One of the largest Consortiums, comprised of 22 Agencies, 4 Jails and 5 PSAPS fully operational with the CIS System since 1999 and still going strong!
One of the largest Consortiums in the country, and certainly in Minnesota, the South Central MN Consortium is comprised of 22 agencies and 4 jails from 4 counties and 5 PSAPS. This Consortium was formed in 1998 and has been fully operational with the CIS System with no down time since the end of 1999. Prior to CIS, the member agencies were using a software package that was no longer being supported, and CIS converted the data records from the previous software to one shared CIS System. “A shared CIS System with 22 agencies allows us to better serve the citizens and public safety personnel,” Captain Paul Barta of Consortium’s Hosting Site, Blue Earth County Sheriff’s Office, explains.
Pat Wallace, the Administrator of the Consortium, says that “The agencies use CAD Computer Assisted Dispatch, RMS Records Management, JMS Jail Management, CPS Civil Process Management and MCS Mobile Computer System,” adding “Several CIS Interfaces, including CAD-CJIS, CADMapping, CAD-AVL, CAD-MTP Mobile Ticket Writing and Printing and MCS-MFR Mobile Computing System and Mobile Field Reporting.”
Since the inception of the CIS Systems, Pat Wallace cites “the Overall Ease of Use.” In Dispatch, Pat says,” the E911 Interface allows easy input of 911 Call Data. The Use of Common Place Names/Intersections, Automatic Responder Information and Unit Recommendations based on Location and Type of call are particular CIS CAD Features that Pat says are examples of the ease of use. “The Command Line in CAD, Quick Entry Screen, Status Check Timers by Activity Type, Previous Calls Icon, Hazards and many other features streamline the data entry for dispatchers,” She adds.
Captain Barta has been impressed with the Mobile Field Reporting, “The CIS MFR Mobile Field Reporting workflow is nice. Installation of the mobile client on our desktops has enhanced ease of use as well and is a nice addition.”
Captain Barta likes the shared records benefit of the Consortium. “When I was working as an investigator I could find regional information on people and vehicles rather than only seeing my agency’s contacts. A specific example is a Surveillance video of a storage shed burglary showed the suspect vehicle as a blue step side S-10 pickup. The license plate was unreadable and there was no other evidence to ID the identity of the suspect on video. Because the vehicle was unique I located very few potential matches in the CIS System with them all being traffic stop involvements with another agency. I identified the suspect from the involvements, located the truck at an address listed in CIS from a previous involvement (different than state ID address). Executed a search warrant and cleared up numerous burglaries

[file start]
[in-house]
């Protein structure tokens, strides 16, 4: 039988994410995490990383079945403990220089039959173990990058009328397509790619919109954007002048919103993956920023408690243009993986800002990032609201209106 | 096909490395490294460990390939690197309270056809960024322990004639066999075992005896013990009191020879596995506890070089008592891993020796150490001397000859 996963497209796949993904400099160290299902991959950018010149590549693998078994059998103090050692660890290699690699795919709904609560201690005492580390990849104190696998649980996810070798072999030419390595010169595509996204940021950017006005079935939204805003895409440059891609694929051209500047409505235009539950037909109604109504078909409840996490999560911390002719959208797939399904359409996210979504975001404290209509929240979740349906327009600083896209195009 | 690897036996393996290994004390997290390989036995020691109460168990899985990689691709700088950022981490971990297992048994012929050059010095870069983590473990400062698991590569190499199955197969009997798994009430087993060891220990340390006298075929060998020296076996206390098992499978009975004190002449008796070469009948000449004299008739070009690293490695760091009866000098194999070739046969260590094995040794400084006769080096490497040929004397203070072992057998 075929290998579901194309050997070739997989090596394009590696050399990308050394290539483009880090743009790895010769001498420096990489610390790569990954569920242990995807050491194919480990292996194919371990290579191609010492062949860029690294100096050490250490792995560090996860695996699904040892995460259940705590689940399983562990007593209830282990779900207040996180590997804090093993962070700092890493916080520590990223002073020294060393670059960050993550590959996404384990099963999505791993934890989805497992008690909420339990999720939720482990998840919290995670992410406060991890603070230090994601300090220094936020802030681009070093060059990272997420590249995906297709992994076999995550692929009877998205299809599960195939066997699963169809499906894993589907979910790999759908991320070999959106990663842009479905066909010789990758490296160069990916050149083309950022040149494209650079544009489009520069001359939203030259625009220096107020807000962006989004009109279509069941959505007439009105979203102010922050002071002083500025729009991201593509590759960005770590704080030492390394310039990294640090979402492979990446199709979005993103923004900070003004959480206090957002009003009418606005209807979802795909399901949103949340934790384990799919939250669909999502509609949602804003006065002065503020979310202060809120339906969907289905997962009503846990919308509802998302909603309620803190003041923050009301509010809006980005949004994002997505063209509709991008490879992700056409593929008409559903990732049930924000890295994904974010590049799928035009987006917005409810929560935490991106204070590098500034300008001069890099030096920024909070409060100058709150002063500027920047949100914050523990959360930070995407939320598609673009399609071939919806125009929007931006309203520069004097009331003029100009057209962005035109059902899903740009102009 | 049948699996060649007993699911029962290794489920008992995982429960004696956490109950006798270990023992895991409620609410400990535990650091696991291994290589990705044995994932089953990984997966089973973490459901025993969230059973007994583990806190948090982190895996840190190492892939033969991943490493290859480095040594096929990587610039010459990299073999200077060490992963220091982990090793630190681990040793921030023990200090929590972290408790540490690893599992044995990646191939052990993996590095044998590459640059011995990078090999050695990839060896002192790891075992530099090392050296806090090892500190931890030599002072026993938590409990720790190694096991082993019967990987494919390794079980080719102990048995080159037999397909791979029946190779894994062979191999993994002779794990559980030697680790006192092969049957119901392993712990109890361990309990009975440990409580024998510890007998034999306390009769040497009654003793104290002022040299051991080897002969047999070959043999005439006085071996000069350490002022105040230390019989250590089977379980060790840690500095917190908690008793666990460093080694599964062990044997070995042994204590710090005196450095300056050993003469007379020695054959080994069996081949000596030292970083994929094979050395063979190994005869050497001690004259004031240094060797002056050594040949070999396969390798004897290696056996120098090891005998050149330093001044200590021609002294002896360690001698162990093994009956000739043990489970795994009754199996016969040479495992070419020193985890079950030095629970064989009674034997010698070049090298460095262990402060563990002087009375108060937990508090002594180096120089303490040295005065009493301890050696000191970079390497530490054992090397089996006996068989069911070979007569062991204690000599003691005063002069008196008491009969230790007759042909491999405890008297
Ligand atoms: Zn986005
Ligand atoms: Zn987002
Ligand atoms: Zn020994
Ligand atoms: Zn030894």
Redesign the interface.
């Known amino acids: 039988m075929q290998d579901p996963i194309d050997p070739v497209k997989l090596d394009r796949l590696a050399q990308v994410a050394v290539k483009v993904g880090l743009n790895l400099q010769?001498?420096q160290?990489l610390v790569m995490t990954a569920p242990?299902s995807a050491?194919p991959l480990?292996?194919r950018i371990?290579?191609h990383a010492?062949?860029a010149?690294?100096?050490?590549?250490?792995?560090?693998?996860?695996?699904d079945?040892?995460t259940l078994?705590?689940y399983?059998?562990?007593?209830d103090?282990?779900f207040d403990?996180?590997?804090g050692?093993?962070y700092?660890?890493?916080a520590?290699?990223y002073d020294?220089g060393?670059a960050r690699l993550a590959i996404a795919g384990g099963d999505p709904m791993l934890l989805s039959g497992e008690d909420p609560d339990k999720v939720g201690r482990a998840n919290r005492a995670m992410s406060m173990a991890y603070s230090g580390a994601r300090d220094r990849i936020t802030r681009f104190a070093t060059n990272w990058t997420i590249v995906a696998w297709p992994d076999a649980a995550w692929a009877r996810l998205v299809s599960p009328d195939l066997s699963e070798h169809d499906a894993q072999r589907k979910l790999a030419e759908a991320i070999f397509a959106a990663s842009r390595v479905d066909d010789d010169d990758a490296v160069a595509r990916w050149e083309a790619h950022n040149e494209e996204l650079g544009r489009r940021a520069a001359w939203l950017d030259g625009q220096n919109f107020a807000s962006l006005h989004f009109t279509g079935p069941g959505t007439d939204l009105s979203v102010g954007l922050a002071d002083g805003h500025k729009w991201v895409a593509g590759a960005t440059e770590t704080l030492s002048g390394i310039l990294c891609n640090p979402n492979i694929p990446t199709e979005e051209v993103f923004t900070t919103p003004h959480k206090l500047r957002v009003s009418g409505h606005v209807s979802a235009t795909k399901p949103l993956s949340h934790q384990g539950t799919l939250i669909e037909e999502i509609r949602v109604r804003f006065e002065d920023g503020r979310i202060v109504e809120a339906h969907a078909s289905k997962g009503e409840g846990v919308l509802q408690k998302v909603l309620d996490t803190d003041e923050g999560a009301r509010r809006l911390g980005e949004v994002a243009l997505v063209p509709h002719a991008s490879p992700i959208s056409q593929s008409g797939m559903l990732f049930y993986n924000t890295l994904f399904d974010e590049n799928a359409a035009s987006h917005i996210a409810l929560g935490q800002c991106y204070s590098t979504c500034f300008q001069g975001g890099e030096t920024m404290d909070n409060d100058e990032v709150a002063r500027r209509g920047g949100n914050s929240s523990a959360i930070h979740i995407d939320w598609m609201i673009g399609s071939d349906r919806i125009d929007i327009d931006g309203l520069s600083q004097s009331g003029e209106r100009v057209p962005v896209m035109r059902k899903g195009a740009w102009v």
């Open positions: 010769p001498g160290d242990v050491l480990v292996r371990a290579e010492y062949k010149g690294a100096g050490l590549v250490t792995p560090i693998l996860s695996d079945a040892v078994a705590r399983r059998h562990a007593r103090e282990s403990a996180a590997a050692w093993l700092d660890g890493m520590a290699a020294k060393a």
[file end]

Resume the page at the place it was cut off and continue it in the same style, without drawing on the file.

and thefts in the area.”
“CIS checks are a fundamental piece of any investigation as they aid law enforcement in an overall picture of people.” “Local Contacts” with individuals can be much more telling than arrest and conviction information contained on criminal history reports. Access to other modules such as JMS has provided additional addresses and family member associations for criminal investigations that we would not have known,” states Captain Barta.
The CIS System also features the unique Minnesota NIBRS Reporting, and one of CIS’ customers, Carver County, was the very first Minnesota agency to go live with NIBRS Reporting and be certified by the State of Minnesota and Bureau of Criminal Apprehension (BCA) for submission of CIS NIBRS Reporting with a ZERO Error Rate for
over one year.
The Consortium is well underway to implementing NIBRS Reporting to the State of Minnesota. “We are 90% there with achieving the State mandated error rate of 4% or lower, by the end of June,” Barta explained.” NIBRS is a change for our agencies and with that comes challenges. It adds another layer of complexity, with data collection changes to the officers in the field doing more than they have done in the past with regard to tracking of data. It will become business as usual eventually, and within two years I see it as a standard operating procedure.”
Another advantage of the CIS System that Captain Barta appreciates is that “CIS is a one-stop-shop for booking photos, address history, and law enforcement contacts for almost every SWAT operation in our area.
We also utilize CIS information for nearly every search warrant and investigation to guide planning and safety considerations. Individuals known to possess firearms are flagged as are Predatory Offenders. Even records for Bank Alarm protocols are stored in CIS and accessible to dispatch and responding officers.”
The benefits to Management include, “Records staff create annual reports detailing calls for service, peak times, trends etc. We utilize Crystal reports for various projects including a recent jail initiative to track arrest trends including population and peak booking dates and times.
We are able to verify staff hours for timekeeping by unit history on and off-duty notations by dispatch,” according to Captain Barta.
Captain Barta summarized the use of the CIS System throughout the Consortium “as a primary tool for many daily functions. We utilize the mobile client on a smart board for briefings to review the activity from previous shifts. The ability to search records from other consortium agencies is a great benefit. The ability to create and run custom reports is very helpful.”
Captain Barta praised the CIS Support Staff, Implementation Team and Trainers. “We have worked with support frequently in the last two years for in-car reporting and NIBRS transition Support has been responsive. On-site trainers have been very helpful (in-car reporting and NIBRS as examples).”